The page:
Traditionally, certain nations have provided the hotbed of the world's soccer talent. For example, almost all of the greatest players that the game has seen to date originated in either South America or Europe, with the likes of England, France, Spain, Germany, Italy, Holland, Brazil and Argentina having produced a great percentage of the game's most talented individuals.
Cristiano Ronaldo has been afforded much sympathy for struggling in the European Championships and World Cups given the lack of strength of his Portuguese teammates. However, Ronaldo plays in a team of largely Champions League players who all play the game at the highest level. Imagine being one of the best players in the world and not even getting the chance to play at a major international tournament. Or, if its easier, imagine you are Gareth Bale.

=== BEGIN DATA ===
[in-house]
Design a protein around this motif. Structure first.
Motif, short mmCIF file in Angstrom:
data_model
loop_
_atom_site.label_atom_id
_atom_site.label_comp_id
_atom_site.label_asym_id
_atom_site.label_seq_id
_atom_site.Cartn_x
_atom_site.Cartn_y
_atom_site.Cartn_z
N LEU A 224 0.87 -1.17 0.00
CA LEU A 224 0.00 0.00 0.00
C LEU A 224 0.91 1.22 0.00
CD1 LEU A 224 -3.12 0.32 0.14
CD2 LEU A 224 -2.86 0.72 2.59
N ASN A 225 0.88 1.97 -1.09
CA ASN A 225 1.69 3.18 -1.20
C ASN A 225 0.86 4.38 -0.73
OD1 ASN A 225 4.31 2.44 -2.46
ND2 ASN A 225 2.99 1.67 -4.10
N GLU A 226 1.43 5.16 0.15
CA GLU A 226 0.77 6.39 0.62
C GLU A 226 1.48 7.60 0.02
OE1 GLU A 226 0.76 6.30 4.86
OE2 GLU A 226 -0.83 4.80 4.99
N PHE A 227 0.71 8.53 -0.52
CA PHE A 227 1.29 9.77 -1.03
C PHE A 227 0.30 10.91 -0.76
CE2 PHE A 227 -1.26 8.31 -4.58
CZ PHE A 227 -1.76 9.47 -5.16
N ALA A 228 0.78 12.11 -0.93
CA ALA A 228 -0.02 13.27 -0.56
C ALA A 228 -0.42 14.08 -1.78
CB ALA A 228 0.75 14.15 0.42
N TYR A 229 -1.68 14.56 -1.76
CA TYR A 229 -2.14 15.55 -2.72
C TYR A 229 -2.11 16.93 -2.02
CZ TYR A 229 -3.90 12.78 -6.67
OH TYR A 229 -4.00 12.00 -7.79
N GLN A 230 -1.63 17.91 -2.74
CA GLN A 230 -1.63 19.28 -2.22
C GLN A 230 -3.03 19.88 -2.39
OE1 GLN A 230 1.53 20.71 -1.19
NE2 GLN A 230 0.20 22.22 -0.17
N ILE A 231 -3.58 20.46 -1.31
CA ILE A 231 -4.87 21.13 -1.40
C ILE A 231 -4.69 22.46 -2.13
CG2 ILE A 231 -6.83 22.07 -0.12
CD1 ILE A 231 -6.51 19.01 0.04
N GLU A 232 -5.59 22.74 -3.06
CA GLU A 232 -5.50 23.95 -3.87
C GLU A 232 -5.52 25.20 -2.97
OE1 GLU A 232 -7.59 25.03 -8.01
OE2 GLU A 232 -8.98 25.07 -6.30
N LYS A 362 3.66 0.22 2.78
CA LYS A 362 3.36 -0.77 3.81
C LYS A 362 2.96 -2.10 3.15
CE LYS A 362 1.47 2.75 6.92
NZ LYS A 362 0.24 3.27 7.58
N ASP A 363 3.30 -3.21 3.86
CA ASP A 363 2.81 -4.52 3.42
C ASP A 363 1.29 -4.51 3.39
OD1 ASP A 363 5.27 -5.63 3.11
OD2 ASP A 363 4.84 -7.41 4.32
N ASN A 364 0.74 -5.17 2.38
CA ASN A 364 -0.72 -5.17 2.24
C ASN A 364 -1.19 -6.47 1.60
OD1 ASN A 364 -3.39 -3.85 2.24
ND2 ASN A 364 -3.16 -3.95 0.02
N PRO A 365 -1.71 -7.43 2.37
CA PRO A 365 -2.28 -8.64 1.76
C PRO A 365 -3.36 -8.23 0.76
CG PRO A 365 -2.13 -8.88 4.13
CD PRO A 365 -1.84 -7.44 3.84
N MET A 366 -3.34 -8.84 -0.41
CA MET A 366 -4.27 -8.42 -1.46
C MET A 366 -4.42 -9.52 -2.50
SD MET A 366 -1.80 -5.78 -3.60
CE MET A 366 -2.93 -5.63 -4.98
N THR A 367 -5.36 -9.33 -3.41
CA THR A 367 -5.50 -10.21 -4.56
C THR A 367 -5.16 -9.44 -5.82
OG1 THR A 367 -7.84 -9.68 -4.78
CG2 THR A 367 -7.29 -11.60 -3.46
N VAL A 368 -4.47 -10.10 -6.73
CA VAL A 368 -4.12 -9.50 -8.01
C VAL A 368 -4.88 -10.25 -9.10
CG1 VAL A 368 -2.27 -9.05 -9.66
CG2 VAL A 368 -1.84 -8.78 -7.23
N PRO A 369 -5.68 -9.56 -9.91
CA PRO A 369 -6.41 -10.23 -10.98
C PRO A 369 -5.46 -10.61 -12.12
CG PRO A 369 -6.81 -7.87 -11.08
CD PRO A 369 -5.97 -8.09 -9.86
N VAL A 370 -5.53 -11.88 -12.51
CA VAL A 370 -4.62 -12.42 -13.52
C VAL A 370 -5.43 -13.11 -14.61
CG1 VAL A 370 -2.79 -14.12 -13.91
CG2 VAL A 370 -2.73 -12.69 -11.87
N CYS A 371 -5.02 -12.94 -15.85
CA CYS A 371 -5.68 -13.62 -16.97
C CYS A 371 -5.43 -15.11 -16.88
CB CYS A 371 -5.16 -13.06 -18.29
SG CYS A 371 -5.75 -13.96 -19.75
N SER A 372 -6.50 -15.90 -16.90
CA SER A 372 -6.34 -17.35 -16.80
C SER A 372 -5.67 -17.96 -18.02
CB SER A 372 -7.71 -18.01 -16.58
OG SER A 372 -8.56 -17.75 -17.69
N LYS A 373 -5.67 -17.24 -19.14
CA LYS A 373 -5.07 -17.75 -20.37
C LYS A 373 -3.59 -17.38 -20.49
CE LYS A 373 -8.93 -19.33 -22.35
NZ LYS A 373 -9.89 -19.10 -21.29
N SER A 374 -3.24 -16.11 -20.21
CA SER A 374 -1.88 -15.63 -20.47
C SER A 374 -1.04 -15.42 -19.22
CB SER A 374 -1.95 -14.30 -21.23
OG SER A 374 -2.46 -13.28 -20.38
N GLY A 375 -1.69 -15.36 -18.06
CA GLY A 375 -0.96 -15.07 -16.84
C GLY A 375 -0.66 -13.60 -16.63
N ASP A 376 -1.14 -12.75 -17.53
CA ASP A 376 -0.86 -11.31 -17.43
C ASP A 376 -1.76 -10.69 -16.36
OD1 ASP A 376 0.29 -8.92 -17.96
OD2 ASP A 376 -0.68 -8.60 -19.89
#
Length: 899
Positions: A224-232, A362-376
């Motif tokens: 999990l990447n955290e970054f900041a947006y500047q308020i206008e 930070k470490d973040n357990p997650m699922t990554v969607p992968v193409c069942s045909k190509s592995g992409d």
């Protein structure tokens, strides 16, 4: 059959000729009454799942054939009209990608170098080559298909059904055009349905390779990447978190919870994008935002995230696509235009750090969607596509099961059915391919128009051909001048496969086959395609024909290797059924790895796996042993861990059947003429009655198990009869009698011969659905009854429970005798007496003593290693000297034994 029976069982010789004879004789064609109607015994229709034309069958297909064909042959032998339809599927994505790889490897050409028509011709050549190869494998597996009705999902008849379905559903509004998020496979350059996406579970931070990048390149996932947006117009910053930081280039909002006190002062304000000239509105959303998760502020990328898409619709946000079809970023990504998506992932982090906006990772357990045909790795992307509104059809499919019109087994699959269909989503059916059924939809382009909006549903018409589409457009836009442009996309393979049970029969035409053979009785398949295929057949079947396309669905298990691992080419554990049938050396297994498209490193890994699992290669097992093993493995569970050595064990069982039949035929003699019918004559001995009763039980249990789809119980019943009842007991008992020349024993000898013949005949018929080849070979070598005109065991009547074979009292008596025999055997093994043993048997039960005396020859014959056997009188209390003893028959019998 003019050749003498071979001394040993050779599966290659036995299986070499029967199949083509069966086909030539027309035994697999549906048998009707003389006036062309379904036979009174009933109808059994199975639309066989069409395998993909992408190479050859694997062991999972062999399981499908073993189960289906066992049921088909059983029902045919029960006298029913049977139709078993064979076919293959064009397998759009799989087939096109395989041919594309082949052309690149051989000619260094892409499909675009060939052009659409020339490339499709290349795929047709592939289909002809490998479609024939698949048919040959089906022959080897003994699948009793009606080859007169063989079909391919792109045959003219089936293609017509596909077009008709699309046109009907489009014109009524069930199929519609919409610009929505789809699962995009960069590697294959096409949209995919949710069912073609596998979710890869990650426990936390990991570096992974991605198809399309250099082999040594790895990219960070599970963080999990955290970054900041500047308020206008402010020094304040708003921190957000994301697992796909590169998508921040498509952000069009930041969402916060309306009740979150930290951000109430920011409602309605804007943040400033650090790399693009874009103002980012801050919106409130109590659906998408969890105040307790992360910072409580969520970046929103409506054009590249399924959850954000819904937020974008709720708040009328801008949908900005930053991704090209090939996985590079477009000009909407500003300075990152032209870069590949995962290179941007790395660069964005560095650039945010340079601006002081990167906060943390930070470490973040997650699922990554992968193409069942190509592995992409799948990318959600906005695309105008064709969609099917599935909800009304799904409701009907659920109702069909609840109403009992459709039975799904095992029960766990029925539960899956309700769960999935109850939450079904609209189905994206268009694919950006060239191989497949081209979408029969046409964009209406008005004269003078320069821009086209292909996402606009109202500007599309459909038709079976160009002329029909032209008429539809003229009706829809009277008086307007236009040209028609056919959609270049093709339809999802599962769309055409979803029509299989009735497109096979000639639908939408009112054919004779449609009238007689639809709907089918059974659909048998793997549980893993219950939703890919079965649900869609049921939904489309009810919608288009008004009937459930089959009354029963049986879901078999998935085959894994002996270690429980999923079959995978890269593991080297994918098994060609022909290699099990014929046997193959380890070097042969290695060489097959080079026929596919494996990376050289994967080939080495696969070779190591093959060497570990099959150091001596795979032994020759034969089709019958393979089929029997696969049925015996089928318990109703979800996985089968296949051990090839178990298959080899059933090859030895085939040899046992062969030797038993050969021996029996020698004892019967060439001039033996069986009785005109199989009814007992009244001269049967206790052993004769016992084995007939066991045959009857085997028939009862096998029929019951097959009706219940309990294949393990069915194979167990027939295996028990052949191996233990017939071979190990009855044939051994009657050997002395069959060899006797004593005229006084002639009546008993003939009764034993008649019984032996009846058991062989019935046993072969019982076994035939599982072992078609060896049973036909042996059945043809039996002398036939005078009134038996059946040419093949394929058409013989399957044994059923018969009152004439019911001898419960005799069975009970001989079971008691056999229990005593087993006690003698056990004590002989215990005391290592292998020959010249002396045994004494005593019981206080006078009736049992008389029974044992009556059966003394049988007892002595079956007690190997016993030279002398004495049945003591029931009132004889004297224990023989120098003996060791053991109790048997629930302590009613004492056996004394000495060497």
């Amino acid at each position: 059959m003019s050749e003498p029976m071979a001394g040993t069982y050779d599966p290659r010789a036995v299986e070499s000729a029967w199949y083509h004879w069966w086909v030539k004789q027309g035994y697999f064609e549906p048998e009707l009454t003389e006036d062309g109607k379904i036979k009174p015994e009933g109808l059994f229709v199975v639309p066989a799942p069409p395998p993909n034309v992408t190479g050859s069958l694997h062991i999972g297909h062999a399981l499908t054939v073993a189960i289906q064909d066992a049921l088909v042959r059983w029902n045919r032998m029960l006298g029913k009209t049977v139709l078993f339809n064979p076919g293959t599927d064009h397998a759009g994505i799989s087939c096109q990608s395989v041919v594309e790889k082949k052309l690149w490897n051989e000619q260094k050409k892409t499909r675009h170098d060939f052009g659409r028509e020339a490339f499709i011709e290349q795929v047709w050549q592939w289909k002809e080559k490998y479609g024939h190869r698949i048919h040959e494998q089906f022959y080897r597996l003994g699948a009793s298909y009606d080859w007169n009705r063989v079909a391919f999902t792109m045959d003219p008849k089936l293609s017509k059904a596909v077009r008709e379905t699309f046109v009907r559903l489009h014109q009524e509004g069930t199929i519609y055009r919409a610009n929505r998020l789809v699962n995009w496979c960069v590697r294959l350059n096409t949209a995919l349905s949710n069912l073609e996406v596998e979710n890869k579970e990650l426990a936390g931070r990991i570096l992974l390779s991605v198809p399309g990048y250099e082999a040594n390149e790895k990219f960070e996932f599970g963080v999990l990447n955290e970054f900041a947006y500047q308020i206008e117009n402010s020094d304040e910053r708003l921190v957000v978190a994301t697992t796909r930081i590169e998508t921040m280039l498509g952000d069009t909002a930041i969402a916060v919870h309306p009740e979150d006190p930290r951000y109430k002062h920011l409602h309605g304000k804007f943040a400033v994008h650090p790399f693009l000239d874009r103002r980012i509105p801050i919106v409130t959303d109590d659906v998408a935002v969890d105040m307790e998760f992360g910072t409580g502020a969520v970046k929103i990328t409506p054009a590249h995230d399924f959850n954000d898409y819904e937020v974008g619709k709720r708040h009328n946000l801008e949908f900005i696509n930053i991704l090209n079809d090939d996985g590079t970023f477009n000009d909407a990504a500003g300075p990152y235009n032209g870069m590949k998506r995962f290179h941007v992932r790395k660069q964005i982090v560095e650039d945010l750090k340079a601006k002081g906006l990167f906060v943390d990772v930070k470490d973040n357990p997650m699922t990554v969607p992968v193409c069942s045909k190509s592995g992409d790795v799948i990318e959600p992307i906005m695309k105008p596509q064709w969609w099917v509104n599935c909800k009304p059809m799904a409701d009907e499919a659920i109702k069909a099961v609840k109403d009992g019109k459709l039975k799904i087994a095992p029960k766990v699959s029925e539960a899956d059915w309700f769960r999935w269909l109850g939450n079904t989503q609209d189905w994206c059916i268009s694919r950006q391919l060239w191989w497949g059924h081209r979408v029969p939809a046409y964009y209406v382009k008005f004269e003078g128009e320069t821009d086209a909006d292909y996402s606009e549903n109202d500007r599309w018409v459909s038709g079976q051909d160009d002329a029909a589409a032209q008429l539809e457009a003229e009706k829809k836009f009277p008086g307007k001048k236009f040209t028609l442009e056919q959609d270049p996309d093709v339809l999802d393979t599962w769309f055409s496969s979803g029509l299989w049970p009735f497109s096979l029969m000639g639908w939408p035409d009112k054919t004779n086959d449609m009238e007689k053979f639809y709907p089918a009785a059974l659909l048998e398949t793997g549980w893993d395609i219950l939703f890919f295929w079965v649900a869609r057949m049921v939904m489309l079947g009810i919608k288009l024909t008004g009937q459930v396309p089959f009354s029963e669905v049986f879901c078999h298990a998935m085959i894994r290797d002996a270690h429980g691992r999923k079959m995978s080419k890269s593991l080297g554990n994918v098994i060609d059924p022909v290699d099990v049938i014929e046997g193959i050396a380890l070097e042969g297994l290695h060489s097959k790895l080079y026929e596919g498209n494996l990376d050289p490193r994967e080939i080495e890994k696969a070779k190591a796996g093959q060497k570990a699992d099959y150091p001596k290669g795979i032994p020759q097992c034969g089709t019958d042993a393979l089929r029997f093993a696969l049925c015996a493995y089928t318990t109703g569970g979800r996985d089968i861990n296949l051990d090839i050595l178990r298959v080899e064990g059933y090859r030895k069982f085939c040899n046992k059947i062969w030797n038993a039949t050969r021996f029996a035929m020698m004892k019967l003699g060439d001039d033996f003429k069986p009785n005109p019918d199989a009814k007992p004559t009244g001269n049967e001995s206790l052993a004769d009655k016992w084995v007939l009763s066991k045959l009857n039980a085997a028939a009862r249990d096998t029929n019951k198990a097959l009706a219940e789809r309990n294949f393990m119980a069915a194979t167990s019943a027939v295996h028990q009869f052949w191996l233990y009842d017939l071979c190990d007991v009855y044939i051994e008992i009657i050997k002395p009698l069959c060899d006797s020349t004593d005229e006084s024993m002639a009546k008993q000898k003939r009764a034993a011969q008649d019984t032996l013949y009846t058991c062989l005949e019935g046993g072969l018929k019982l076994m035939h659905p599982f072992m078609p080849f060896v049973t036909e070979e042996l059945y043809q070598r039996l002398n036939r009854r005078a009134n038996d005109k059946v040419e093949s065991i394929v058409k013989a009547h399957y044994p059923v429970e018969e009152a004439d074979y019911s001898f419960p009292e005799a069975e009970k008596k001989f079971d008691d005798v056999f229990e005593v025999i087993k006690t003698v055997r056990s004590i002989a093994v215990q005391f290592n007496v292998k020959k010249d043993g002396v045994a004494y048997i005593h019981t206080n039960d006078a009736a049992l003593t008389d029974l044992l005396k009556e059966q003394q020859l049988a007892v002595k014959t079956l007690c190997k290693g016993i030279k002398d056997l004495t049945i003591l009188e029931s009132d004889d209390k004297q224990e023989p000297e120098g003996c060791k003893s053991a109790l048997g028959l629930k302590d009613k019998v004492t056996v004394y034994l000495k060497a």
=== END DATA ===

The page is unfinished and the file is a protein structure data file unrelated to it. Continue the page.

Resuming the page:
From Pele to Puskas, the history of soccer is packed with great players who played in great national teams, but this list celebrates those who weren't afforded such a luxury. These are the true one-man national teams. The big fish in very small ponds. The list is ranked by just how good the player was in relation to how poor the national team was during said players career. Here are the top 15 great players in terrible national teams:
16 David Alaba - Austria
Arguably the finest left-back in the world today, David Alaba is also capable of playing further forward, either on the left side or in central midfield. Born in Vienna, Alaba made his international debut at the age of just 17, making him the country's youngest ever debutant. He has since won 39 caps, aged only 23. The Austria team is one of the strongest on this list, but Alaba remains the clear stand out player, with Christian Fuchs, Aleksander Dragovic and Marko Arnautovic being their next best players. Austria haven't qualified for the World Cup since 1998, and only qualified for the European Championship's once in their entire history.
15 Pavel Nedved - Czech Republic